Volunteers tackle wilderness access roads
Joe Dyer / The Herald
Volunteers Nels Rasmussen (left) and Deke Kinzer of Darrington move rocks from a culvert that flows under Forest Service Road 18 Aug. 30 in Darrington in order to prevent water from traveling in an unintended direction and damaging the road. Local volunteers are responsible for many forest service road improvements in the Darrington area including trash pickup and rock removal.
Joe Dyer / The Herald
Volunteers move rocks from a culvert that flows under Forest Service Road 18 in Darrington in order to prevent water from traveling in an unintended direction and damaging the road.
Joe Dyer / The Herald
Volunteers Deke Kinzer (left) and Martha Rasmussen of Darrington make improvements to Forest Service Road 18 in Darrington.
She only can hike about five miles before the pain sets in. Then she limps back.
It's a bummer for Rasmussen, 55, and her husband Nels, 56, because the couple loves to get out in the woods.
"I fell in a creek 20 years ago and broke my leg in several places," Martha Rasmussen said. "It was six months before I could walk again. That's why I care that we are able to drive up the Forest Service roads to get to our favorite hiking trails."
With federal budgets for national forests on the decline, some of the old logging roads in the Mount Baker-Snoqualmie National Forest had fallen into disrepair. People left garbage along the roads. It was frustrating for the Rasmussens.
"I was getting all blubbery, so I told Nels that we were going to have to do something," she said.
What the Rasmussens did was form the Darrington Area Friends for Public Use, a group of volunteers who arrange with the Darrington District of the national forest to tackle maintenance projects on district roads.
The group made its debut in April and has since hosted five day-long work parties. They "adopted" several Forest Service roads for weekly maintenance, collected nine cubic yards of compacted garbage and tallied more than 500 volunteer hours in the forest.
"The Friends provide us with a tremendous amount of help," said Peter Forbes, the forest's Darrington District ranger. "We have so many fewer people on staff than we used to. The Friends are the eyes and ears out on the forest. There is no doubt that their hearts and souls are in this volunteer project and we know they will do whatever physical labor they can to keep our roads open to the public.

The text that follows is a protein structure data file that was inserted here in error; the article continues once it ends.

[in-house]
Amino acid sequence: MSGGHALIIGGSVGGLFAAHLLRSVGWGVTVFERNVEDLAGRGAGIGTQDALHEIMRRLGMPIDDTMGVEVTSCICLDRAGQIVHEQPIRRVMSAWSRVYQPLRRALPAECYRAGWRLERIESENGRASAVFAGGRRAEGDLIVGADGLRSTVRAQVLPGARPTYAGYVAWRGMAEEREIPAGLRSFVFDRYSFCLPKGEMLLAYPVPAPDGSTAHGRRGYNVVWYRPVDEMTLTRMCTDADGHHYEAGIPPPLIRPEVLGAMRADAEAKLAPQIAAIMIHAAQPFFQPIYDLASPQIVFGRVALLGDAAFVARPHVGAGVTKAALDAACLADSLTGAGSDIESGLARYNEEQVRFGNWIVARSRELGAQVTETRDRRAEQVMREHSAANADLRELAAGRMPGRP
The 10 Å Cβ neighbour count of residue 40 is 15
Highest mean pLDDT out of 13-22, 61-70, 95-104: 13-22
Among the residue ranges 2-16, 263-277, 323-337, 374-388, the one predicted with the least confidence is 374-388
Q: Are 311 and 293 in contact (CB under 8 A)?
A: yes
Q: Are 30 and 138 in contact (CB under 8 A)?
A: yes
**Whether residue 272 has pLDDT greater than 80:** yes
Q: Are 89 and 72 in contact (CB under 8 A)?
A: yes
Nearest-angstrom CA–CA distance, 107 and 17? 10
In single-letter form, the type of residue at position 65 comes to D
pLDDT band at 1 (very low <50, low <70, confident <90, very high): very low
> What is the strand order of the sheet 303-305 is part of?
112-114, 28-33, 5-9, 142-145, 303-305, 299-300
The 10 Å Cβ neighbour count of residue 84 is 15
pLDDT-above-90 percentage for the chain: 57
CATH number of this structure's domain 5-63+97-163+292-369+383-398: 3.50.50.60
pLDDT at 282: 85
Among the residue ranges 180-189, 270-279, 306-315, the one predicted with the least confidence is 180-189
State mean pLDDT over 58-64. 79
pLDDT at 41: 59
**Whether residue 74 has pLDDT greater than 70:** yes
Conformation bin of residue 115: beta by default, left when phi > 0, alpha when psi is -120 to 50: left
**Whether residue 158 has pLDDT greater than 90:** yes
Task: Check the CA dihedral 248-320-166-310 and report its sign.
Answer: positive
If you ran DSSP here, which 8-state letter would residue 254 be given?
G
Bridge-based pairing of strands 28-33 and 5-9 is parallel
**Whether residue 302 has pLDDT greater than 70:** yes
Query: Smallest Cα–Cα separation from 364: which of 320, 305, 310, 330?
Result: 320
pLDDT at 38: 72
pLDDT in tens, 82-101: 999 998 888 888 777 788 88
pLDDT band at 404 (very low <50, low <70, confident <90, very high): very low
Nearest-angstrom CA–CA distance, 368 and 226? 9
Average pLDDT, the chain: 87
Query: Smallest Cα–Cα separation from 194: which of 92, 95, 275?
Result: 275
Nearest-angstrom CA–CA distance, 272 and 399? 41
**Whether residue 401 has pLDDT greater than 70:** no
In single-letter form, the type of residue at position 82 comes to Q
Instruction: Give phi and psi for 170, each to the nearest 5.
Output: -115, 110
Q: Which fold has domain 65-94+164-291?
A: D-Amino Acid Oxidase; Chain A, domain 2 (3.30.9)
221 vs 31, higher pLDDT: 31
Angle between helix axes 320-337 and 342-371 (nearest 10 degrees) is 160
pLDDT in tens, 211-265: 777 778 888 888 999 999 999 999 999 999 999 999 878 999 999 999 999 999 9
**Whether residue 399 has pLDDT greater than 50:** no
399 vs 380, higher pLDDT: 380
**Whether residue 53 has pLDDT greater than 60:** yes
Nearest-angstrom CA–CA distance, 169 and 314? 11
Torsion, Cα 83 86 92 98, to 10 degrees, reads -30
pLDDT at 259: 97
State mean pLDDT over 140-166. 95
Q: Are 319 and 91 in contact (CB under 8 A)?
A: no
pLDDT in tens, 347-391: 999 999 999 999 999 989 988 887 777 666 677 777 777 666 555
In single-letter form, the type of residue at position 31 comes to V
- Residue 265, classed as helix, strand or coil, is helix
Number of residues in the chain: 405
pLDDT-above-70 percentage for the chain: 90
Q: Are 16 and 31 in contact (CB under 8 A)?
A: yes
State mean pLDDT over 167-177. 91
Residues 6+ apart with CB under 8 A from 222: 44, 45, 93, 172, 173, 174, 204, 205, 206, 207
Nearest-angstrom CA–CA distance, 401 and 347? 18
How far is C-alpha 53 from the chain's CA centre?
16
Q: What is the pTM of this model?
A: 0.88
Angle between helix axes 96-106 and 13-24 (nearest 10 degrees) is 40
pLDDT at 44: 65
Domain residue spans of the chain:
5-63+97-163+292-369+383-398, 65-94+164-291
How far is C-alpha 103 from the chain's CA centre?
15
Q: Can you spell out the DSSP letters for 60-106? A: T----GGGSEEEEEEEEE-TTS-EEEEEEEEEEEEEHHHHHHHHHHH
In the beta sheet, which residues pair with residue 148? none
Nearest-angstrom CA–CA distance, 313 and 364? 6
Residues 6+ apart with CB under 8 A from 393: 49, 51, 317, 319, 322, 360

"I'm tickled with all they are doing."
The Rasmussens and the crew of volunteers have repaired blocked culverts, reported erosion problems and slides and filled potholes. They have removed garbage from more than a dozen roads -- trash that includes bedsprings with alder trees growing through them.
"We have hawk eyes for garbage," Martha Rasmussen said. "I'll even stop for a cigarette butt."
This past week, a volunteer crew set out from the Rasmussens' home west of Darrington for series of projects on Forest Road 18.
Among them were Carter Gregg, 14, a Darrington High School student who loves the woods and wants to rack up some volunteer hours required at school.
Carter's mom, Amy Lucas, 34, and her friend, Tina Lavelle, 44, of Marysville, and the Rasmussens' neighbor, Deke Kinzer, 63, also participated. Lucas and Lavelle are graduates of Western Washington University's Huxley College environmental planning program at Everett Community College.
"Our family uses the forest service roads all the time," Lucas said. "We need to keep them open."
On the way up the winding, gravel road to their first work spot, the team stopped for a beautiful view of the Stillaguamish River valley as well as a moment at a lake, a small waterfall and a pile of broken rocks that revealed fossil imprints.
"These views are just some of the reasons we want use the forest roads," Nels Rasmussen said. "Some people say the best way to protect the wilderness is to not go there. But if you don't go, how are you going to develop an appreciation for the wilderness that makes you want to protect it?"
At the work site, the crew donned bright orange vests, leather gloves and hard hats. They used crowbars and shovels to remove a pile of rocks in a stream that had created a diversion away from the stream's culvert under the road.
That volunteers can help the Forest Service maintain its roads is an idea that is spreading, Martha Rasmussen said. In Granite Falls, a similar group has formed to work on the roads in the southern part of the ranger district.
"Friends of Public Use is one of the most powerful things we've ever done. There has been a lot of anger with the Forest Service over roads that were not maintained and access that was lost when logging declined," she said. "So you can be frustrated or you can do something. Picking up a shovel to help is very constructive."
The Rasmussens believe they can accomplish even more work before the weather changes.
"We're hoping people see a positive change next spring when they come out to Darrington," Martha Rasmussen said. "Our goal this fall is to put the roads to bed for the season."
Gale Fiege: 425-339-3427; email@example.com.
How to help
To learn more or to join the Darrington Area Friends for Public Use, or the Granite Falls Area Friends for Public Use, go to www.ffpu.org.
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